J Head Trauma Rehabil. 2010 Mar 8.

Measuring Outcome in Traumatic Brain Injury Treatment Trials: Recommendations From the Traumatic Brain Injury Clinical Trials Network.

Bagiella E, Novack TA, Ansel B, Diaz-Arrastia R, Dikmen S, Hart T, Temkin N.

Department of Biostatistics, Mailman School of Public Health, Columbia University, New York (Dr Bagiella); Physical Medicine and Rehabilitation, University of Alabama at Birmingham (Dr Novack); National Center for Medical Rehabilitation Research, National Institute of Child Health and Human Development, Bethesda, Maryland (Dr Ansel); Department of Neurology, University of Texas, Southwestern Medical Center, Dallas (Dr Diaz-Arrastia); Departments of Rehabilitation Medicine, Division of Clinical Psychology and Neuropsychology, School of Medicine (Dr Dikmen) and Neurological Surgery and Biostatistics (Dr Temkin), University of Washington, Seattle; and Moss Rehabilitation Research Institute, Philadelphia, Pennsylvania (Dr Hart).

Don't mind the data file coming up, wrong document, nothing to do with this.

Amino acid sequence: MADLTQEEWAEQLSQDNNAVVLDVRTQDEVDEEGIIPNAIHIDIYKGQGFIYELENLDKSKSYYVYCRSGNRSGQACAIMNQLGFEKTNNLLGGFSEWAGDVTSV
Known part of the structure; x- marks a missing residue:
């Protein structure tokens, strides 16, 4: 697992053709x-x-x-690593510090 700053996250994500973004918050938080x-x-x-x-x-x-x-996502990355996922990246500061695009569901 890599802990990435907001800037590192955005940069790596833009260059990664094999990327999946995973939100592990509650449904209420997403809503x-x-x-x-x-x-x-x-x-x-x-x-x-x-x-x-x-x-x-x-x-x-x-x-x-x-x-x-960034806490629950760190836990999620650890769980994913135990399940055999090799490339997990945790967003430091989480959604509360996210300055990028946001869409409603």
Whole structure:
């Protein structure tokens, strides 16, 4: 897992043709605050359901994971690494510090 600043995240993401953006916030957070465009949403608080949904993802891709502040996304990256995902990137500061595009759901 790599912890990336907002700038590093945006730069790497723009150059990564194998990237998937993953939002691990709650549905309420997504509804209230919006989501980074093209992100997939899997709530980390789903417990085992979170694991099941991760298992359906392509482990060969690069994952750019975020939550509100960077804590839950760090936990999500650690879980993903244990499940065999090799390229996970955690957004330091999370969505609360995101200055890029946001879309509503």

BACKGROUND: Traumatic brain injury (TBI) involves several aspects of a patient's condition, including physical, mental, emotional, cognitive, social, and functional changes. Therefore, a clinical trial with individuals with TBI should consider outcome measures that reflect their global status. METHODS: We present the work of the National Institute of Child Health and Development-sponsored Traumatic Brain Injury Clinical Trials Network Outcome Measures subcommittee and its choice of outcome measures for a phase III clinical trial of patients with complicated mild to severe TBI. RESULTS: On the basis of theoretical and practical considerations, the subcommittee recommended the adoption of a core of 9 measures that cover 2 different areas of recovery: functional and cognitive. These measures are the Extended Glasgow Outcome Scale; the Controlled Oral Word Association Test; the Trail Making Test, Parts A and B; the California Verbal Learning Test-II; the Wechsler Adult Intelligence Scale-III Digit Span subtest; the Wechsler Adult Intelligence Scale-III Processing Speed Index; and the Stroop Color-Word Matching Test, Parts 1 and 2. CONCLUSIONS: The statistical methods proposed to analyze these measures using a global test procedure, along with research and methodological and regulatory issues involved with the use of multiple outcomes in a clinical trial, are discussed.